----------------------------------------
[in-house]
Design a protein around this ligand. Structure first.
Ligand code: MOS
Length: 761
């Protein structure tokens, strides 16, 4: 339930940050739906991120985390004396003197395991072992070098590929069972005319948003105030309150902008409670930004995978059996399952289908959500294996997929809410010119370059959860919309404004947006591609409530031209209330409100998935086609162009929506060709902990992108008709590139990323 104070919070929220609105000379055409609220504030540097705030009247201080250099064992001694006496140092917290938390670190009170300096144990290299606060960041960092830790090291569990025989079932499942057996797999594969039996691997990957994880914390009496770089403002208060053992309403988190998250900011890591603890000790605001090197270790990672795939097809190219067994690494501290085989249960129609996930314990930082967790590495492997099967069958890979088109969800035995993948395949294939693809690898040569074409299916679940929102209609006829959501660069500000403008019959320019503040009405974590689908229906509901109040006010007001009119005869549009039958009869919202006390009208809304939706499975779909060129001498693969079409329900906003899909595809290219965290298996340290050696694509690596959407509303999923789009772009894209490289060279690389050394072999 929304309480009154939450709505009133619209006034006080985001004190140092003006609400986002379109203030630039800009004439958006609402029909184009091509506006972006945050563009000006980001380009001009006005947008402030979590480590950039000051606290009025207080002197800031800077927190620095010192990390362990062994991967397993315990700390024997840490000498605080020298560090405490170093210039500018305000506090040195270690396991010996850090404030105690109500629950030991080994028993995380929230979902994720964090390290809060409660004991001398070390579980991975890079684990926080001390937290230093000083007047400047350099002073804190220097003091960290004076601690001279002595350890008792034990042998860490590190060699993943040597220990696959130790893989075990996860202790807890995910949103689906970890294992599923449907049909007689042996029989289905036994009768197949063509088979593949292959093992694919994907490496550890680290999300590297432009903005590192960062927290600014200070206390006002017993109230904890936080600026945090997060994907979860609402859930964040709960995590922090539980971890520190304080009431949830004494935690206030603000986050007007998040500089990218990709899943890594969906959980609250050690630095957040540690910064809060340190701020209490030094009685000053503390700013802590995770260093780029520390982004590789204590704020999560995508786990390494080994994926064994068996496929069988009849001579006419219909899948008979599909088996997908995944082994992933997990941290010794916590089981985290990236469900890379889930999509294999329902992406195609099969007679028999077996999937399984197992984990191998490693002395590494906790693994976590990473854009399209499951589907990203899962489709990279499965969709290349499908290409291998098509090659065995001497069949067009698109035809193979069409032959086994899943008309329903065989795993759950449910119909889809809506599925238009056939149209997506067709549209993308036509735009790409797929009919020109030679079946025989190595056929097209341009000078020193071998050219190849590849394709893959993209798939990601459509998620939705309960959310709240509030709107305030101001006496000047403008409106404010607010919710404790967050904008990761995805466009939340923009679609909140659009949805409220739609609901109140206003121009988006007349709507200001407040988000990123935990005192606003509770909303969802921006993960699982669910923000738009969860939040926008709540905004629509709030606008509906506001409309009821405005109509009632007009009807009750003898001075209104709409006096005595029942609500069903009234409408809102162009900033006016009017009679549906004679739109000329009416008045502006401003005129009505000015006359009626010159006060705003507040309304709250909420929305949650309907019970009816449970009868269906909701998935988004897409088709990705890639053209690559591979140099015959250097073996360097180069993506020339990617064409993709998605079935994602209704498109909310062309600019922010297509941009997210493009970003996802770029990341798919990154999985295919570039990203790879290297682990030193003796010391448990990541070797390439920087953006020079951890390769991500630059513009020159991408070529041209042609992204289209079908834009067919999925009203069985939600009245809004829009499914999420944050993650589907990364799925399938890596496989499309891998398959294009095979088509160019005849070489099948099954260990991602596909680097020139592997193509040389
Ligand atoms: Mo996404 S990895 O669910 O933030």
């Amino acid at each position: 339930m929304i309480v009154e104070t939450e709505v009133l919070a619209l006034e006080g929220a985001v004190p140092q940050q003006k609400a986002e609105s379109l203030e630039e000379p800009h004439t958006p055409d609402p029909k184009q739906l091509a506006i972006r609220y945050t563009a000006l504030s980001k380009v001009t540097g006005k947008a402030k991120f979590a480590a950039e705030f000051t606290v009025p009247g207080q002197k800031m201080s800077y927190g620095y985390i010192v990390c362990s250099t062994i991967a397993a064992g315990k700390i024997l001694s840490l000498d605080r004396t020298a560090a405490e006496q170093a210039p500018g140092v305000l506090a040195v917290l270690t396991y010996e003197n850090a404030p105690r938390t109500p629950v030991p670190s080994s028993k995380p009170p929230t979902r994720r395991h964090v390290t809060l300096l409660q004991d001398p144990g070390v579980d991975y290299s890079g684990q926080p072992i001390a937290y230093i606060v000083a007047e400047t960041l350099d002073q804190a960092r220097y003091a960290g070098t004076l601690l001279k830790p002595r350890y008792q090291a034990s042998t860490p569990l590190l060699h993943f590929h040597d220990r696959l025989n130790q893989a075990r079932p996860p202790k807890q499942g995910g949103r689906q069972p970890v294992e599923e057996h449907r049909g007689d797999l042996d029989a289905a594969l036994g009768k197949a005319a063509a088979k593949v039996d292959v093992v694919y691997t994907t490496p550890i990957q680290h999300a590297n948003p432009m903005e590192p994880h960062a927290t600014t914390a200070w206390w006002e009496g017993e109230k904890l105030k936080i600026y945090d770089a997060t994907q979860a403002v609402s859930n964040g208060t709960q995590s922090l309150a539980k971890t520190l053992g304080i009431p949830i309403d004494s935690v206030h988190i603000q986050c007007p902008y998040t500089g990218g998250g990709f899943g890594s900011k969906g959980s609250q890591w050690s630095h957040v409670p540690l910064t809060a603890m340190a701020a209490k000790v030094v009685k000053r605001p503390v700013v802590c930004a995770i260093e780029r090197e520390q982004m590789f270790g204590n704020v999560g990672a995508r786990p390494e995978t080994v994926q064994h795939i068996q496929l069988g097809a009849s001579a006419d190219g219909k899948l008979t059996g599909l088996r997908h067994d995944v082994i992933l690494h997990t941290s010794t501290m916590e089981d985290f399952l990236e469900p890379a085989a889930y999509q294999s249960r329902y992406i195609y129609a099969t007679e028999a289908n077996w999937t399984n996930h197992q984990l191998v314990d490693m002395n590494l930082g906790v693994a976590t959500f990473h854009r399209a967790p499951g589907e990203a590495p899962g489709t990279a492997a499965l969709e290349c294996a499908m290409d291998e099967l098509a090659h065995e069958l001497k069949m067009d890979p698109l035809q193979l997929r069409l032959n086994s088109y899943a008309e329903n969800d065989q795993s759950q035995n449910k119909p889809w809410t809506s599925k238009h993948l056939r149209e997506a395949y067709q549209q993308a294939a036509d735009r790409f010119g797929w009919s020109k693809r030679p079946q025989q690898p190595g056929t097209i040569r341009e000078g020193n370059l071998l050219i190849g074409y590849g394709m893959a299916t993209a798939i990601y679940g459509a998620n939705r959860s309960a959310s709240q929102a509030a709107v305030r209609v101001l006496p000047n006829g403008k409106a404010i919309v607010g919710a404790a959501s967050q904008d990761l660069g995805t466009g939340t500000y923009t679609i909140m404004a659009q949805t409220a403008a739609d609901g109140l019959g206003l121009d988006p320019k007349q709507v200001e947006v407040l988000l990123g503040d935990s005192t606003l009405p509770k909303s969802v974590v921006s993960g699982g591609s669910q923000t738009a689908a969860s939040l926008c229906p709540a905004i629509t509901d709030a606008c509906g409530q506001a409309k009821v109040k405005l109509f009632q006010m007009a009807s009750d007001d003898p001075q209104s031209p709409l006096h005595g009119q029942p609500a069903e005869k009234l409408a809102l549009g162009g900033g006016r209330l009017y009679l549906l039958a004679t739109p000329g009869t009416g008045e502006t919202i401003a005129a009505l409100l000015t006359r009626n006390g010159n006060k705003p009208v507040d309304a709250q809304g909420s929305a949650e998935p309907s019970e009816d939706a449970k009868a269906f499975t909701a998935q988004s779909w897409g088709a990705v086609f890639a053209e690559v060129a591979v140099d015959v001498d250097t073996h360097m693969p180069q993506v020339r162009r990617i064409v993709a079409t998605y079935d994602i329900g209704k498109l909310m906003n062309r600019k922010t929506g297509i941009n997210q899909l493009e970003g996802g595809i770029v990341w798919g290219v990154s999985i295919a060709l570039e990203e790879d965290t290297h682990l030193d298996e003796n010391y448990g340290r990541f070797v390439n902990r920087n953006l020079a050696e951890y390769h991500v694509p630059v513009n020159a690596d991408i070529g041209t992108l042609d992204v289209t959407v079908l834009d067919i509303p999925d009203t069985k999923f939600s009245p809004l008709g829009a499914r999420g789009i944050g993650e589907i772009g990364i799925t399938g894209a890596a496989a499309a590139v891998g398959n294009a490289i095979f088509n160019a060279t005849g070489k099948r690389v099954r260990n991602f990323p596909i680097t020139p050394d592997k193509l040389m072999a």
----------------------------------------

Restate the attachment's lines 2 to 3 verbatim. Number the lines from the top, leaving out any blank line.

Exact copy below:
Design a protein around this ligand. Structure first.
Ligand code: MOS